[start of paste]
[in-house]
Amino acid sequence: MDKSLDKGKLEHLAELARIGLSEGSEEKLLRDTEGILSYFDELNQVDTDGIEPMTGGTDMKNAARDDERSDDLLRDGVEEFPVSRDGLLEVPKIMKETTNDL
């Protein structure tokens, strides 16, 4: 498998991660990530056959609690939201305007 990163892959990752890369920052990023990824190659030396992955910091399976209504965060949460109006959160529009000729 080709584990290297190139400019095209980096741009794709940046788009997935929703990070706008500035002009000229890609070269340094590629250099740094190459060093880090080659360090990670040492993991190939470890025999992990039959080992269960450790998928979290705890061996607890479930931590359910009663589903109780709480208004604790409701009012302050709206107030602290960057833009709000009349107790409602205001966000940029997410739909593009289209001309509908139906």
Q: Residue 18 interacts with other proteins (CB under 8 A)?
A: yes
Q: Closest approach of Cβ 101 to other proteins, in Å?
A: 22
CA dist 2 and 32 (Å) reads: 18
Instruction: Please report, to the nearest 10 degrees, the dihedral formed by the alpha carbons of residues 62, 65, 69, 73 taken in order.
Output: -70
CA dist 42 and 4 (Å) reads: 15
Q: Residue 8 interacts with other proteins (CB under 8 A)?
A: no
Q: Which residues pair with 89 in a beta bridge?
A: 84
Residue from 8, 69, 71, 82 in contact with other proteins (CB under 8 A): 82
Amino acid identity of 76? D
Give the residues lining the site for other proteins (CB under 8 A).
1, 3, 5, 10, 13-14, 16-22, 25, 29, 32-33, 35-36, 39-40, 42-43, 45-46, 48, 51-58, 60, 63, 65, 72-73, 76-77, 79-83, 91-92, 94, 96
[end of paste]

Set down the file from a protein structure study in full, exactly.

[in-house]
Amino acid sequence: MDKSLDKGKLEHLAELARIGLSEGSEEKLLRDTEGILSYFDELNQVDTDGIEPMTGGTDMKNAARDDERSDDLLRDGVEEFPVSRDGLLEVPKIMKETTNDL
């Protein structure tokens, strides 16, 4: 498998991660990530056959609690939201305007 990163892959990752890369920052990023990824190659030396992955910091399976209504965060949460109006959160529009000729 080709584990290297190139400019095209980096741009794709940046788009997935929703990070706008500035002009000229890609070269340094590629250099740094190459060093880090080659360090990670040492993991190939470890025999992990039959080992269960450790998928979290705890061996607890479930931590359910009663589903109780709480208004604790409701009012302050709206107030602290960057833009709000009349107790409602205001966000940029997410739909593009289209001309509908139906």
Q: Residue 18 interacts with other proteins (CB under 8 A)?
A: yes
Q: Closest approach of Cβ 101 to other proteins, in Å?
A: 22
CA dist 2 and 32 (Å) reads: 18
Instruction: Please report, to the nearest 10 degrees, the dihedral formed by the alpha carbons of residues 62, 65, 69, 73 taken in order.
Output: -70
CA dist 42 and 4 (Å) reads: 15
Q: Residue 8 interacts with other proteins (CB under 8 A)?
A: no
Q: Which residues pair with 89 in a beta bridge?
A: 84
Residue from 8, 69, 71, 82 in contact with other proteins (CB under 8 A): 82
Amino acid identity of 76? D
Give the residues lining the site for other proteins (CB under 8 A).
1, 3, 5, 10, 13-14, 16-22, 25, 29, 32-33, 35-36, 39-40, 42-43, 45-46, 48, 51-58, 60, 63, 65, 72-73, 76-77, 79-83, 91-92, 94, 96